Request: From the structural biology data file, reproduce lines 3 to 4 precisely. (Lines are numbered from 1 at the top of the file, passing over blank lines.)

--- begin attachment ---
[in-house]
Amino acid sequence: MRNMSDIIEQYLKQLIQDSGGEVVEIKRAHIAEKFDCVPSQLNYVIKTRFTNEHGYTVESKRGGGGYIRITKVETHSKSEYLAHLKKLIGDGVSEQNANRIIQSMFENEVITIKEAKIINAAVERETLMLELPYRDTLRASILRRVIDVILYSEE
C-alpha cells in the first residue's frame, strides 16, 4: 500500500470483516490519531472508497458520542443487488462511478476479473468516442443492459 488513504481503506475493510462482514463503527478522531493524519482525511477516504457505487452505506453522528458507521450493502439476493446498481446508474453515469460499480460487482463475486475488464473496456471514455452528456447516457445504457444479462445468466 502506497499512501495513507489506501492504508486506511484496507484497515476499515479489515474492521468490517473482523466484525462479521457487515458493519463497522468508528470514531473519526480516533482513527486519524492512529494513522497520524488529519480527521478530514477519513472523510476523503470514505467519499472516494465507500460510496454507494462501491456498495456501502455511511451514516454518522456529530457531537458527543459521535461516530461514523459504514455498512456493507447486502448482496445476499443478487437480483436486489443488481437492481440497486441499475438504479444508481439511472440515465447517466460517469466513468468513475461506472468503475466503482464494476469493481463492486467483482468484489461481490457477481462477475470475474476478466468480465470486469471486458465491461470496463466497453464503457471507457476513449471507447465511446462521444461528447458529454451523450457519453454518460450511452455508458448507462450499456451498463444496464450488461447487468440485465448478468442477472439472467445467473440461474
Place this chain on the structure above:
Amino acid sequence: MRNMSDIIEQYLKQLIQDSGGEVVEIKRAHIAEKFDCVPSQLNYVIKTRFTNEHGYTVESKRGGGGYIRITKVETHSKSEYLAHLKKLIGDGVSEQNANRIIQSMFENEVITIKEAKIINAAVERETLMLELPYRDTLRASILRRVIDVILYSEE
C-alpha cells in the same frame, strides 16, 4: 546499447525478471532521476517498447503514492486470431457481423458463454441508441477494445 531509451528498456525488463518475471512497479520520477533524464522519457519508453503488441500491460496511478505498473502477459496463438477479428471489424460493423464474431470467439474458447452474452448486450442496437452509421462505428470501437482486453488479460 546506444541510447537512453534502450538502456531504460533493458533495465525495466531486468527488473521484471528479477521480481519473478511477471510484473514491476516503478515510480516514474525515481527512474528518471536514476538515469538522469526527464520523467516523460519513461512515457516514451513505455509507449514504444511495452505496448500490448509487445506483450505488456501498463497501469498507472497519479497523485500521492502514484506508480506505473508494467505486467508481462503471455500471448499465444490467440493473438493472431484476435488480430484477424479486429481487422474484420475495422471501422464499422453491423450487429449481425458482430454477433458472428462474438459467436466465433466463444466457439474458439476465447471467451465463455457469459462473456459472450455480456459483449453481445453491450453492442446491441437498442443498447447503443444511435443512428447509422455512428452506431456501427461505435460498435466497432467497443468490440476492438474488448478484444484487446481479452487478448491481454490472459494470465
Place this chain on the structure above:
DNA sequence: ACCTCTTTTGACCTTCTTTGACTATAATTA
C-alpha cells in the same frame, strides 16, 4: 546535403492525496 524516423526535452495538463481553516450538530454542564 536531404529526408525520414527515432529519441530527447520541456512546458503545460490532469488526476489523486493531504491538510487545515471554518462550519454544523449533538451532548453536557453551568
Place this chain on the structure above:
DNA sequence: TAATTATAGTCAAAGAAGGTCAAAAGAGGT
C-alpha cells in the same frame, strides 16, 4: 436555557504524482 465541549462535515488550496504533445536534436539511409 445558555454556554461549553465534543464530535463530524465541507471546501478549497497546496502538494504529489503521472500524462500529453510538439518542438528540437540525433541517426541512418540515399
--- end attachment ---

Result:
C-alpha cells in the first residue's frame, strides 16, 4: 500500500470483516490519531472508497458520542443487488462511478476479473468516442443492459 488513504481503506475493510462482514463503527478522531493524519482525511477516504457505487452505506453522528458507521450493502439476493446498481446508474453515469460499480460487482463475486475488464473496456471514455452528456447516457445504457444479462445468466 502506497499512501495513507489506501492504508486506511484496507484497515476499515479489515474492521468490517473482523466484525462479521457487515458493519463497522468508528470514531473519526480516533482513527486519524492512529494513522497520524488529519480527521478530514477519513472523510476523503470514505467519499472516494465507500460510496454507494462501491456498495456501502455511511451514516454518522456529530457531537458527543459521535461516530461514523459504514455498512456493507447486502448482496445476499443478487437480483436486489443488481437492481440497486441499475438504479444508481439511472440515465447517466460517469466513468468513475461506472468503475466503482464494476469493481463492486467483482468484489461481490457477481462477475470475474476478466468480465470486469471486458465491461470496463466497453464503457471507457476513449471507447465511446462521444461528447458529454451523450457519453454518460450511452455508458448507462450499456451498463444496464450488461447487468440485465448478468442477472439472467445467473440461474
Place this chain on the structure above: